Governor Jerome H. Powell
At the Economic Growth and Regulatory Paperwork Reduction Act Outreach Meeting, Dallas, Texas
February 4, 2015
On behalf of the Federal Reserve System, I am pleased to be here at the second in a series of outreach meetings designed to hear your comments and suggestions about reducing regulatory burden on insured depository institutions. Thank you all for taking the time to participate in this important process, and I'd also like to extend my thanks to the Federal Reserve Bank of Dallas for hosting today's meeting.
The Federal Reserve takes seriously its obligations under the Economic Growth and Regulatory Paperwork Reduction Act (EGRPRA). The EGRPRA review provides our agencies with the opportunity to consider whether our regulations are necessary and current in keeping up with the financial services and regulatory environments.
Well-conceived regulations help to ensure the safety and soundness of our banking system as well as the fair treatment of consumers. But unnecessary, outdated, or unduly burdensome regulations can exhaust the resources of insured depository institutions and reduce the important services that those institutions provide to households and businesses.
Creating balanced regulations that are effective and thoughtfully calibrated to avoid undue burden requires input from stakeholders. In-person meetings, like the one we are holding today, help us gather information that is critical to our understanding of how regulations affect not only the banking industry but also the consumers and communities they serve. They also allow stakeholders to learn from one another and provide us with different perspectives on the complex issues that our regulations address. Outside of these meetings, we also look forward to receiving written comments in which you can elaborate on how to improve our regulations in more detail than we can cover in the time we have today.
We understand that the sizes of depository institutions vary, that they operate through different business models, and that they manage different risks. This is why one focus of the EGRPRA review is considering the potential burden imposed by our regulations on community banks and other small insured depository institutions, so that we may carefully consider whether our regulations are appropriately adjusted for smaller institutions. We think it's important to tailor rules whenever possible to clearly distinguish requirements for different portfolios of depository institutions and reduce unnecessary burden on community banks. Of course, tailoring regulations may be more challenging in some areas, such as rules that provide transparency and fairness in consumer transactions because those are standards that apply throughout the financial system.
We also recognize that, apart from changes in the regulatory and supervisory landscape, the banking industry itself has undergone major changes. For example, improvements in technology and changes in the financial industry's composition between depository institutions and nondepository companies have altered the types of financial products and services that are offered by depository institutions, as well as how those services and products are accessed. We welcome your views on how these types of industry changes have impacted the effectiveness of our regulations.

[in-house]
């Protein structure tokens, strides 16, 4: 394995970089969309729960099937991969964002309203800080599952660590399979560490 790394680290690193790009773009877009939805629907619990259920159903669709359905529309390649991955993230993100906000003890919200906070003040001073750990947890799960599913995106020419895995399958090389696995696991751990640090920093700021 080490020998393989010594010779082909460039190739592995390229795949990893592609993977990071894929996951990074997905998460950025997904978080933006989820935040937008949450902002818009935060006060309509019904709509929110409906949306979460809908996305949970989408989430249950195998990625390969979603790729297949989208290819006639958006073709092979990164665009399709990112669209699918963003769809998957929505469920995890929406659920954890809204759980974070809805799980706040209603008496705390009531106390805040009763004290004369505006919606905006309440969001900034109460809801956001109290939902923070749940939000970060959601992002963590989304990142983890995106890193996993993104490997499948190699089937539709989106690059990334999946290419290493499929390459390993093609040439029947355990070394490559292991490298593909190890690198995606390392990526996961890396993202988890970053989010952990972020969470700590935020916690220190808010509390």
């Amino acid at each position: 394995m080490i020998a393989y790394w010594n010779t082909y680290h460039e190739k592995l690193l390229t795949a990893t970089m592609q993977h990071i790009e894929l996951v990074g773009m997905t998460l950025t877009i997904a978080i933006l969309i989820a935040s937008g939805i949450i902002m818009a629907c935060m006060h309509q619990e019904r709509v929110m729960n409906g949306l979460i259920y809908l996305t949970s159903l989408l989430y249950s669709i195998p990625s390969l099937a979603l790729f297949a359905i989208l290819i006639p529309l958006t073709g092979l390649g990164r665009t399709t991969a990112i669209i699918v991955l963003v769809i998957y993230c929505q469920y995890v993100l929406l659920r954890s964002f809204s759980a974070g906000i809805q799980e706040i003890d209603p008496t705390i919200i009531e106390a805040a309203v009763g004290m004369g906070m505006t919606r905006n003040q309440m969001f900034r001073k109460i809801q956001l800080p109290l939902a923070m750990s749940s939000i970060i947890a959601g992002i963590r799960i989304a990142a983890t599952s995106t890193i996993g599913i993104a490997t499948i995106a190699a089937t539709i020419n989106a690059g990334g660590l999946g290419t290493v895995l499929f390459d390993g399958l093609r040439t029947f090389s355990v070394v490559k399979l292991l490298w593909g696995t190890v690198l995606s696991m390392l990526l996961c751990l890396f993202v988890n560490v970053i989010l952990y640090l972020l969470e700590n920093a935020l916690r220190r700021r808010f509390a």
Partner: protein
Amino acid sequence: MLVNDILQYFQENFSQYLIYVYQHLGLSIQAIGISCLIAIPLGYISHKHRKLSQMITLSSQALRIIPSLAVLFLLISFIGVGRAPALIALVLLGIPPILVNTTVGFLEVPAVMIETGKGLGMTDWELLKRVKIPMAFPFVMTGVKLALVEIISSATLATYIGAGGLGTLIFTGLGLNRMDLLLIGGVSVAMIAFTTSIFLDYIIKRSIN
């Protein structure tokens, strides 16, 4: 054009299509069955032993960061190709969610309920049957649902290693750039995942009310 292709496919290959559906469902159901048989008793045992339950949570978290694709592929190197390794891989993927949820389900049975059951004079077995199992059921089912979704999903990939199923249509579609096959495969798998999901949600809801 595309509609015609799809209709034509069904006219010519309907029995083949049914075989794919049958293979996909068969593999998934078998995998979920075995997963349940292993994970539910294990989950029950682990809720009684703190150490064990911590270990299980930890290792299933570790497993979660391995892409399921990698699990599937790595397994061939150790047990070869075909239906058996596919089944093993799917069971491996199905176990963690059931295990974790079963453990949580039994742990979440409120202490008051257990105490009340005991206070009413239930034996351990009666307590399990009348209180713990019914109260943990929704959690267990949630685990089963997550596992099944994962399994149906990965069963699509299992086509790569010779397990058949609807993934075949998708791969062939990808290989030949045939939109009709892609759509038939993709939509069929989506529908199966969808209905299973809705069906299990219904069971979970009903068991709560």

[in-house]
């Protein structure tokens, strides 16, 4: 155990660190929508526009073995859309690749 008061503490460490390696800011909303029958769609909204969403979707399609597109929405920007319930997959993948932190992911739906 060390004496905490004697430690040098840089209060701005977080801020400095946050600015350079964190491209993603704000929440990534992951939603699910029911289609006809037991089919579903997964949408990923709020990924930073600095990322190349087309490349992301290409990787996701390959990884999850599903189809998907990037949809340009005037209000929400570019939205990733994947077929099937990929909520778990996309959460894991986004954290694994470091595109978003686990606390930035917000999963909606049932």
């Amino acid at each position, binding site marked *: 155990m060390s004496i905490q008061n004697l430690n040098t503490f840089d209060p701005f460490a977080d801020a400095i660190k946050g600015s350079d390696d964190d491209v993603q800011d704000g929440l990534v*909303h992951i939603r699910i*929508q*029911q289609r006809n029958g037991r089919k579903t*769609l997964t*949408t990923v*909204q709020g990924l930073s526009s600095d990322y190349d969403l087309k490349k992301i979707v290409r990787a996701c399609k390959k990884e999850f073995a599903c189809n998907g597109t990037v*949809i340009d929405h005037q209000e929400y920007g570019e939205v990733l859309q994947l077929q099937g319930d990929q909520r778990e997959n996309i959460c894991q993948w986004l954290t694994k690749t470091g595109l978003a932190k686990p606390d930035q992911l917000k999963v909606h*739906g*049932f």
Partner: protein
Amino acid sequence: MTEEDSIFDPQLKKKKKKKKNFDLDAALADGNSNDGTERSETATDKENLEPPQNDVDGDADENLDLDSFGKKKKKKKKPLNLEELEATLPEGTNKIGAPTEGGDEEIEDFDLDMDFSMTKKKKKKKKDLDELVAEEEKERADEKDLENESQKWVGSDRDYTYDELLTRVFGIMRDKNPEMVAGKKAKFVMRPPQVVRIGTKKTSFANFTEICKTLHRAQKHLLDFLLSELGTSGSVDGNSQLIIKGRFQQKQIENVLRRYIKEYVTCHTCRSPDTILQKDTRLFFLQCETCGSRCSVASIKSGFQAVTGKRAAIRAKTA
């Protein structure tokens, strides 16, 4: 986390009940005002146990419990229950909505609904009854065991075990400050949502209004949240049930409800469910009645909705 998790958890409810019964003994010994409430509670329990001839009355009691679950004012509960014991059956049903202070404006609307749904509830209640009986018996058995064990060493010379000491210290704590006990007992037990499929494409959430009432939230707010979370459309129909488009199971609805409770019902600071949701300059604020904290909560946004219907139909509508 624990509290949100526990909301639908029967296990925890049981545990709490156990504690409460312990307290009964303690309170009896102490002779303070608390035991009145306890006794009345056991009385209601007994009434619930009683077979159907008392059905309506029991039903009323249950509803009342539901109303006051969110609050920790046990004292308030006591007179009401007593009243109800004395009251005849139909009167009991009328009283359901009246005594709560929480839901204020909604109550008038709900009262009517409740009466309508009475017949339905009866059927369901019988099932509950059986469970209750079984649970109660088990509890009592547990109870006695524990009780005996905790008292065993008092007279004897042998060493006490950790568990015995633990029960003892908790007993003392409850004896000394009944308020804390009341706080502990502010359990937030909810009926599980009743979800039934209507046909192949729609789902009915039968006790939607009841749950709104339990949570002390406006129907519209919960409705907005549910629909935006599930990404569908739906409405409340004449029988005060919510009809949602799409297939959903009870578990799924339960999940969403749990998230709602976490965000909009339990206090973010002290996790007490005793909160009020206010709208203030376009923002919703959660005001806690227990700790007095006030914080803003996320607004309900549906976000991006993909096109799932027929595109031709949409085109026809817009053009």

Today I look forward to hearing your views on our agencies' regulations, especially in the categories of banking operations, capital, and the Community Reinvestment Act (CRA). For the Federal Reserve, these topics include regulations on the availability of funds; the collection of checks and other items by the Federal Reserve Banks and fund transfers through Fedwire; prompt corrective action procedures; and the disclosure and reporting of CRA-related agreements.
I'd like to conclude by saying that we will consider your comments carefully as the agencies coordinate to discuss and consider the appropriate action that is likely to best serve our financial system and the interests of depository institutions and consumers. And when possible, the agencies will act to implement regulatory burden relief before the end of the EGRPRA review period. For example, in December of last year, Congress passed legislation--which was supported by the Federal Reserve Board--that would increase the consolidated asset limit for small bank holding companies from $500 million to $1 billion under the Small Bank Holding Company Policy Statement and that extends the same treatment to savings and loan holding companies of less than $1 billion. Last Thursday, the Federal Reserve issued for public comment both proposed and interim final rules for public comment that would implement that legislation.1 The rules would reduce regulatory burden on small entities by excluding many bank holding companies and savings and loan holding companies with total consolidated assets of less than $1 billion from the consolidated capital requirements. Of course, regulatory capital requirements will continue to apply to the depository institution level. The rules also would reduce the burden of regulatory reporting for these companies. The Federal Reserve currently estimates that the proposed revisions to the Small Bank Holding Company Policy Statement would impact over 4,200 organizations.
The final results of our EGRPRA review will be contained in the agencies' report to Congress that summarizes the issues raised and the agencies' conclusions about the need for regulatory or legislative changes.
Thank you for coming today.
1. See Board of Governors of the Federal Reserve System (2015), "Federal Reserve Board invites public comment on proposed rules to expand the applicability of Board's Small Bank Holding Company Policy Statement," press release, January 29. Return to text